Connect with us


Melancholia | Review

Life Ends With a Bang in Von Trier’s Melancholia, The Happiest Apocalypse Cinema Has Ever Seen

Lars von Trier, one of cinema’s most risk-taking provocateurs, follows up his controversial and divisive Cannes-crasher Antichrist with Melancholia, a near-masterpiece about human unhappiness. In the context of von Trier’s own recent bouts with depression, apparently spawning Antichrist, the film could function as a rumination on this disorder. However, the apocalyptic film suggests more nuanced and complex readings than that, offering a cynical condemnation of humanity that is uniquely von Trier’s. Perhaps most surprising here is the restraint in his approach, showing nothing superficially offensive beyond some female nipplage, opting for a simple drama that unfolds operatically; the talking points in Melancholia are the ideas.

Anyone familiar enough with the film to have sought out a review probably knows by now that the world does in fact end in the film via a massive planet crashing into the Earth. This is shown in the first five minutes. Going back about a week, the film then proceeds to track the last few days of sisters Juliette (Kirsten Dunst) and Claire (Charlotte Gainsbourg). While there are other characters in the picture, Melancholia is intimately focused on these two. No urban destruction or worldwide panic visible, we are isolated for the entire duration in the lot of a mansion straight out of Last Year at Marienbad.

The sisters at first seem to be sketched as dichotomous symbols that contrast rather starkly against each other. Juliette has just been married to Michael (Alexander SkarsgÃ¥rd), yet it quickly becomes evident that she is unstable, depressed or perhaps bi-polar. She is very rarely pleased with life; in fact, there are precisely two instances where she appears genuinely happy in the film, both occurring when the rituals and precision of her ceremony’s etiquette falter. Despite having been the bride in one of the most romantically gorgeous weddings this side of a Vera Wang catalog, something is missing (or, more likely, too much is superfluous), and it triggers an allergic reaction that plummets her into near sedation that grows gradually more intense (it gets to a point where she cannot even accept the favor of her sister making her meatloaf; it only tastes like ash).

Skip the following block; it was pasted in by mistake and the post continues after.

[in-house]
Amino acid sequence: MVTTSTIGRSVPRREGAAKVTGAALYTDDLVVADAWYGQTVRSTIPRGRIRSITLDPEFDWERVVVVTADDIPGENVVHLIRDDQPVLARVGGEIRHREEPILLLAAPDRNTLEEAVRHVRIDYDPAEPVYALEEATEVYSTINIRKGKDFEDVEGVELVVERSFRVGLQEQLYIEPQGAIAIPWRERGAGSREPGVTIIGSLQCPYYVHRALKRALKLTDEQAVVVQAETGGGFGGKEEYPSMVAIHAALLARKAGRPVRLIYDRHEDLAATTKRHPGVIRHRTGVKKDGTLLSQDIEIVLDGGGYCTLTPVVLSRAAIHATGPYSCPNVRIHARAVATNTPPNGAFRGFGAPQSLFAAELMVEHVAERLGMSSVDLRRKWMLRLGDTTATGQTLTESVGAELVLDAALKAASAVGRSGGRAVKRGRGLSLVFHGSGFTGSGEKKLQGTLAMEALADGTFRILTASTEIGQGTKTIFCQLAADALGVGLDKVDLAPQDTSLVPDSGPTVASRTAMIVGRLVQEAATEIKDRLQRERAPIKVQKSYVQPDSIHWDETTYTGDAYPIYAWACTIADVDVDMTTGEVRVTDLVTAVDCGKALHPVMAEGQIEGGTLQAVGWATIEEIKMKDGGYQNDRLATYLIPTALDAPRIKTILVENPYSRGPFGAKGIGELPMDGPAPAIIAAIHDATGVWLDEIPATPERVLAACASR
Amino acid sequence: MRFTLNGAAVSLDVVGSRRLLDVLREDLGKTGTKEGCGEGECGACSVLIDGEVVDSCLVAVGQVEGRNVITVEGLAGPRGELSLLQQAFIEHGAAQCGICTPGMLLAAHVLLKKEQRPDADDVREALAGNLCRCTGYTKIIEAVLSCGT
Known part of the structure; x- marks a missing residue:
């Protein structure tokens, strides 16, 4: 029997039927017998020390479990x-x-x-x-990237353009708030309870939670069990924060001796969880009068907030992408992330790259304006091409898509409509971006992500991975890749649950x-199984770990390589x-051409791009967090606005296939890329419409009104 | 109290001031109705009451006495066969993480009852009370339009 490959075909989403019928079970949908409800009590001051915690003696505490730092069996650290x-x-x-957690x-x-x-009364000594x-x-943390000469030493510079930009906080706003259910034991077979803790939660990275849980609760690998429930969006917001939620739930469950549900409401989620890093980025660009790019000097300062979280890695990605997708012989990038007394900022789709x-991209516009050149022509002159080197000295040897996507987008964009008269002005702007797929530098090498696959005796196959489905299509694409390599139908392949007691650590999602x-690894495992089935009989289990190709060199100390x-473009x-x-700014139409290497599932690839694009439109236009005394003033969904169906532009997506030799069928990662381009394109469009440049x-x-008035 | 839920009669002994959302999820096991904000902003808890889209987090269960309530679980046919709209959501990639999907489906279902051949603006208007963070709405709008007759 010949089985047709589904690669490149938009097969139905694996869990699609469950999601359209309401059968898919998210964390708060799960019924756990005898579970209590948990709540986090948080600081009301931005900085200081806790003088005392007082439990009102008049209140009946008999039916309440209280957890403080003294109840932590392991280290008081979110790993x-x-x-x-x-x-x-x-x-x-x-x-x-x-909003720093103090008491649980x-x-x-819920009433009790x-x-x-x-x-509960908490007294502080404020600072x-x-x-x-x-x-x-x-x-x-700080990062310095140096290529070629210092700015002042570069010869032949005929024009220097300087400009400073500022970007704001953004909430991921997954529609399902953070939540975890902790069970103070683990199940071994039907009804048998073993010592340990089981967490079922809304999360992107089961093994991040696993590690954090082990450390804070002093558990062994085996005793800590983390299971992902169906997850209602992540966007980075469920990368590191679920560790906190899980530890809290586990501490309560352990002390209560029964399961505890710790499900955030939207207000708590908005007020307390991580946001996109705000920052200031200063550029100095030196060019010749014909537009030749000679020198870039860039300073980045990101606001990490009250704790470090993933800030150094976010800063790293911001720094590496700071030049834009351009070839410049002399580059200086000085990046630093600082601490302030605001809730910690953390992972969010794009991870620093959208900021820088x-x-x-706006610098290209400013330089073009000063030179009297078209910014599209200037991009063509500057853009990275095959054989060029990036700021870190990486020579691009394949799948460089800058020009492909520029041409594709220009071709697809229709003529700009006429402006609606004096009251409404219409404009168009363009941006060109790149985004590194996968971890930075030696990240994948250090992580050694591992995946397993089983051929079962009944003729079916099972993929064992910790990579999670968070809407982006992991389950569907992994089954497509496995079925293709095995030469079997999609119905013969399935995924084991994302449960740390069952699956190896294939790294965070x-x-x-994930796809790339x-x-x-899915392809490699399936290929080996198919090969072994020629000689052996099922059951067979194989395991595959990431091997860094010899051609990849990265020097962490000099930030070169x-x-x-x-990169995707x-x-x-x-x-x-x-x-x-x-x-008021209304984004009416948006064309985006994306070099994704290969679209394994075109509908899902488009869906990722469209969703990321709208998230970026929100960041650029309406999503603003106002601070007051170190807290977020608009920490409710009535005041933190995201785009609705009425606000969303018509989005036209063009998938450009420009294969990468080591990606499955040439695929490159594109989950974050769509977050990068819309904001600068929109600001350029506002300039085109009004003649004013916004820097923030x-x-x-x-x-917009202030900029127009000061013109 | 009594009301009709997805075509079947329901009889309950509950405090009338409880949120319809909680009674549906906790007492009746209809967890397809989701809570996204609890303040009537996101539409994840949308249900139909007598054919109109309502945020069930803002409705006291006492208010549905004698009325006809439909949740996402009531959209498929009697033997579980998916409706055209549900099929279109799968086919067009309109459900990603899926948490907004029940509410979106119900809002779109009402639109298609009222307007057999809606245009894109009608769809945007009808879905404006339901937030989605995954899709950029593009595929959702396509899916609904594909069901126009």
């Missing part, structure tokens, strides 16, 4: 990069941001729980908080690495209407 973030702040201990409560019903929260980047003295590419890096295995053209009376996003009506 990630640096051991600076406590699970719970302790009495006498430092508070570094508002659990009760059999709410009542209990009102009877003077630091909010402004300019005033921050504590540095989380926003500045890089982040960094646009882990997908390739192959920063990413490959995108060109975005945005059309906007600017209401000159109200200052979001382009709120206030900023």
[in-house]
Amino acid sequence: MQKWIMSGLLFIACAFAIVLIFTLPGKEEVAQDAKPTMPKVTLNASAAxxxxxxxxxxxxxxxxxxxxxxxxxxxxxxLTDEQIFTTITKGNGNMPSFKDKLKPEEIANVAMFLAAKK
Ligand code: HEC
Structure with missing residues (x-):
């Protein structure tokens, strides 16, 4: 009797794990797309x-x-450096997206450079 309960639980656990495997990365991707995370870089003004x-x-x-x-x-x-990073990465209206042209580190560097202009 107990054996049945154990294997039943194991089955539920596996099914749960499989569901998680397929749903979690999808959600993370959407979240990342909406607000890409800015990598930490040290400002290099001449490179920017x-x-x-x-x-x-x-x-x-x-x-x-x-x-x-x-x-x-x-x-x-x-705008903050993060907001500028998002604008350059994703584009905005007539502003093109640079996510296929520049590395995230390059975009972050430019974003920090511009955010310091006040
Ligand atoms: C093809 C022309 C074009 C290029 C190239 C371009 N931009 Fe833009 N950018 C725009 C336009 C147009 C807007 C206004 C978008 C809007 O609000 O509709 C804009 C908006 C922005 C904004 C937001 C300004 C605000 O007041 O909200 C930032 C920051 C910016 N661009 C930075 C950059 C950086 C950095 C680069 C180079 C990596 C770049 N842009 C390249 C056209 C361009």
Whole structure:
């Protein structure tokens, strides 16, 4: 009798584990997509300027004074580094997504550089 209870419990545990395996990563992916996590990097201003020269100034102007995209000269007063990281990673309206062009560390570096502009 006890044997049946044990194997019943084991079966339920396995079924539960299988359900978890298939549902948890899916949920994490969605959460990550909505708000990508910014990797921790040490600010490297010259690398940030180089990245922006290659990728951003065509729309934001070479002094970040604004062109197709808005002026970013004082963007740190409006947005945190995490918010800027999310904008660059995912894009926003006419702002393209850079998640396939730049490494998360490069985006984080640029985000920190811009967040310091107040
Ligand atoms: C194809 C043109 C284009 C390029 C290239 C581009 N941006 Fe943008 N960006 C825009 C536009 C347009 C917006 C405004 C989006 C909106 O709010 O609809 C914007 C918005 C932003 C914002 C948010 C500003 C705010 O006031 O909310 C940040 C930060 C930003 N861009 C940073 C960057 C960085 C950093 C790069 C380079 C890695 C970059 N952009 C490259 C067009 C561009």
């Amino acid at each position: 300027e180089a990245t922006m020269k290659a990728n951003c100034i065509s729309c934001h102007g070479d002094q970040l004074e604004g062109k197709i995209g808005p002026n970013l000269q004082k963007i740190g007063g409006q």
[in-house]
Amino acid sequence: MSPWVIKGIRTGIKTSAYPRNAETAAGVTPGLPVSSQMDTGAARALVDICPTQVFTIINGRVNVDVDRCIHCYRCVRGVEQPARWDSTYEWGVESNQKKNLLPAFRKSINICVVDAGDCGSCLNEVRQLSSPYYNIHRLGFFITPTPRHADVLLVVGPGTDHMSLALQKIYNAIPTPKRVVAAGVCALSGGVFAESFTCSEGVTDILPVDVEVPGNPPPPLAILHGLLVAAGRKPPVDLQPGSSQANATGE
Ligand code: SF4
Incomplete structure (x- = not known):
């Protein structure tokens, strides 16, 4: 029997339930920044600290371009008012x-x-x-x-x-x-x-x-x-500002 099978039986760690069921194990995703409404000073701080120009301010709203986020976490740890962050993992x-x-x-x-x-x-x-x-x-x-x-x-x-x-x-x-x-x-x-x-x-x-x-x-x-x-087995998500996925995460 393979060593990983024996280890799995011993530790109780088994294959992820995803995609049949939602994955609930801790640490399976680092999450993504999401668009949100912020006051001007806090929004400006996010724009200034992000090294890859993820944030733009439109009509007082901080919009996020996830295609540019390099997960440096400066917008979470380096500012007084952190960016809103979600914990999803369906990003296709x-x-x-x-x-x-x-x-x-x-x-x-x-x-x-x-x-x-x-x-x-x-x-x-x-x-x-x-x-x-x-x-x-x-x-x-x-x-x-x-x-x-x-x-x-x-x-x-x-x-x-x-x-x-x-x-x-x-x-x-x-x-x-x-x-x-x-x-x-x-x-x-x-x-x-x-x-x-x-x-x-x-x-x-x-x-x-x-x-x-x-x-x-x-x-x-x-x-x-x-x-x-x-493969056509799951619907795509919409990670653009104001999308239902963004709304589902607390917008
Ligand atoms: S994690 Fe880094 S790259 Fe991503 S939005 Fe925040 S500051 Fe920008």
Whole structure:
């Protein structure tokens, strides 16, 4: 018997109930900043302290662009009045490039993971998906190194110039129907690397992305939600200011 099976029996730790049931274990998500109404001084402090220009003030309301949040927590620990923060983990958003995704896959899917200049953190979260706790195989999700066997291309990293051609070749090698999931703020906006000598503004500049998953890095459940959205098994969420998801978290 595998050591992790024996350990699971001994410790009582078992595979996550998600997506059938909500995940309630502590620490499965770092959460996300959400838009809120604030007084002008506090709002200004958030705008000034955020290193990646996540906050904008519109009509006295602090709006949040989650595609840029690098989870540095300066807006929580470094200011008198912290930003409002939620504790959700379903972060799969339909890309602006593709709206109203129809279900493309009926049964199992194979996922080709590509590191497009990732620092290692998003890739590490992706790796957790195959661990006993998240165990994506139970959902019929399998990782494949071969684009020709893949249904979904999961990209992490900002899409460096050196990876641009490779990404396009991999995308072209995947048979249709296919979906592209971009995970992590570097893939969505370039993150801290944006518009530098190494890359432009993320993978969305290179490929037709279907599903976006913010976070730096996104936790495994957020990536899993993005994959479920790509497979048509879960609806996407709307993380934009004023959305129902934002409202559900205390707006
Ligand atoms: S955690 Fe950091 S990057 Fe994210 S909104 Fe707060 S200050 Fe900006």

Claire, on the other hand, relishes in the security of ritual, family, and excess ornamentation. While she seems to live the more stable life – she has a husband, son, gigantic house – it also means that she has more to lose. Planet Melancholia reduces her to an anxious, wrecked, listless state. She has, and does, the things that people have, and do, when they are happy, and the prospect of death paralyzes her. This doesn’t so much contrast Juliette’s condition as much as it just presents the early, blunt stages of the same disorder. For Juliette, the planet is not interfering with anything valuable; on the contrary, it is ridding the universe of the last iotas of evil. Claire is so terrified because she is beginning to see this for the first time; she acknowledges her mortality, while still trying to reject it (her tacky idea for her last few minutes alive involves a glass of wine, a song, and some candles on the patio).

Even the filmmaking style reflects these ideas. The opening depiction of the apocalypse is stunningly beautiful, with rich, dramatic ambers and cobalt blues, filmed in extreme slow motion. The end of the world is a gorgeous, moving painting; lovely, in the grossest sense of the word. We’re only removed from this sumptuous imagery from the blunt, muddy title card that has become von Trier’s trademark. From this point, we are thrust into a shaky, handheld, Dogme 95-esque filming style that cuts the crap.

Evil, for von Trier, is not obviously malicious or dark-sided, but rather the veneer of precious moments and gestures that prevents humans from doing and feeling what they actually want. The planet and it’s heavy-handed nomenclature dispel a nasty, yet authentic, worldview suggesting that all of these things that make us happy are so irrelevant that it’s a wonder that we aren’t running and screaming, dreading death, from the moment we first learn to walk and speak. It’s an extreme notion, but do we expect less from him?

2011 Cannes Int. Film Festival – Main Competition Selection

Reviewed on the 18th of May, 2011.

Rating 4.5 stars

Continue Reading
You may also like...

Blake Williams is an avant-garde filmmaker born in Houston, currently living and working in Toronto. He recently entered the PhD program at University of Toronto's Cinema Studies Institute, and has screened his video work at TIFF (2011 & '12), Tribeca (2013), Images Festival (2012), Jihlava (2012), and the Pacific Film Archive in Berkeley. Blake has contributed to's coverage for film festivals such as Cannes, TIFF, and Hot Docs. Top Films From Contemporary Film Auteurs: Almodóvar (Talk to Her), Coen Bros. (Fargo), Dardennes (Rosetta), Haneke (Code Unknown), Hsiao-Hsien (Flight of the Red Balloon), Kar-wai (Happy Together), Kiarostami (Where is the Friend's Home?), Lynch (INLAND EMPIRE), Tarantino (Reservoir Dogs), Van Sant (Last Days), Von Trier (The Idiots)

Click to comment

More in Reviews

To Top